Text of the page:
The growth of Laikipia University and revival of the tourism industry are stimulating the real estate industry in the expansive county. Property prices are trending up as investors cash in on the growing demand for housing and commercial space.
Nyahururu in Laikipia County is frequented by marathon and cross-country runners on practice before major events due to its high altitude, feeding off from neighbouring Rift Valley counties. “Investment possibilities here are commercial, residential and institutional developments like hostels, health facilities just to name a few,” says Cathy Achola Warega, the Chief Executive Officer of Urbanis Africa.
The company is managing Laikipia Slopes, a seven-acre prime property in Laikipia town, as real estate firms expand beyond Nairobi and major towns to counties. Laikipia Slopes is adjacent to Laikipia University and about 13km from the scenic Thompson’s Falls. The fact that it’s within the scenic views of Huhoini hills, a protected forest with fresh water source and within the vicinity of Subukia Valley has made Laikipia town a big attraction for investors seeking to tap the tourism and hospitality sectors. “Thompson Falls and the upcoming Panari Hotel & Villas have made Laikipia Slopes a gem for local and international tourists,” she says.
Laikipia Slopes targets both individuals and institutions with entrepreneurial or commercial focus. The property has been subdivided into plots measuring 0.125 acres (1/8) and 0.25 acres (1/4) to cater for all budgets, with each eighth going for Sh1.5 million. “The larger the size of the plot purchased the bigger the economies of scale. Bulk purchasers will definitely enjoy commensurate discounts,” she added.
Those buying a full acre will, for instance, pay Sh9.6 million instead of Sh12 million if it was sold in smaller units. Ms Achola-Warega said the Laikipia County government should leverage on great athletes from the North Rift to woo tourists from across the world for them to see where the world beaters live, eat and train. By capitalising on long distance greats’ fame, Laikipia County will attract more holidaymakers, resulting to high demand for hotels, serviced apartments, cottages and commercial developments in the area. She said Urbanis Africa’s financial solution point division has organsied financing with KCB and Co-operative banks.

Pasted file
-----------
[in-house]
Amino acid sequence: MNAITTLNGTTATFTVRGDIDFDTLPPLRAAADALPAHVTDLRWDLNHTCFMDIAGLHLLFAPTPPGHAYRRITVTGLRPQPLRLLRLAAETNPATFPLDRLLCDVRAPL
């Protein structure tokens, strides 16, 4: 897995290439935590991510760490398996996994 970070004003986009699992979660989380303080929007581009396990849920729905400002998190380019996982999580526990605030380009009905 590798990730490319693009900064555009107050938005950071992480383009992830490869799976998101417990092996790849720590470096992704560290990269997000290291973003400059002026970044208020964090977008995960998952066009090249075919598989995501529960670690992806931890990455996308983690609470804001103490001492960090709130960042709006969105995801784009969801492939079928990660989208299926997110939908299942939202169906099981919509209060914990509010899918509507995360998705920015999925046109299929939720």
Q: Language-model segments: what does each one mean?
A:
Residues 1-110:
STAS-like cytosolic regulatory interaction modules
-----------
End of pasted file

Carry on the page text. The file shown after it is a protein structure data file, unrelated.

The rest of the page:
Many Kenyans have developed an appetite for real estate, driving a rally in pricing that has pushed up the cost of land. With this vibrancy, con artists have invaded the sector, and many buyers have been swindled millions of shillings for non-existent plots. “Kenyans must be careful who they deal with when either acquiring or disposing of any property,” said the property expert.
Ms Achola-Warega offers some advice to those seeking to buy land. “If looking for land online or in local dailies, you must vet cautiously and deal with firms with established physical locations and identified individual agents,” she says. “Never hand out cash to un-established or unidentified individuals. It is always best to conduct a search at the Ministry of Lands before acquiring any property to establish its authenticity and true ownership.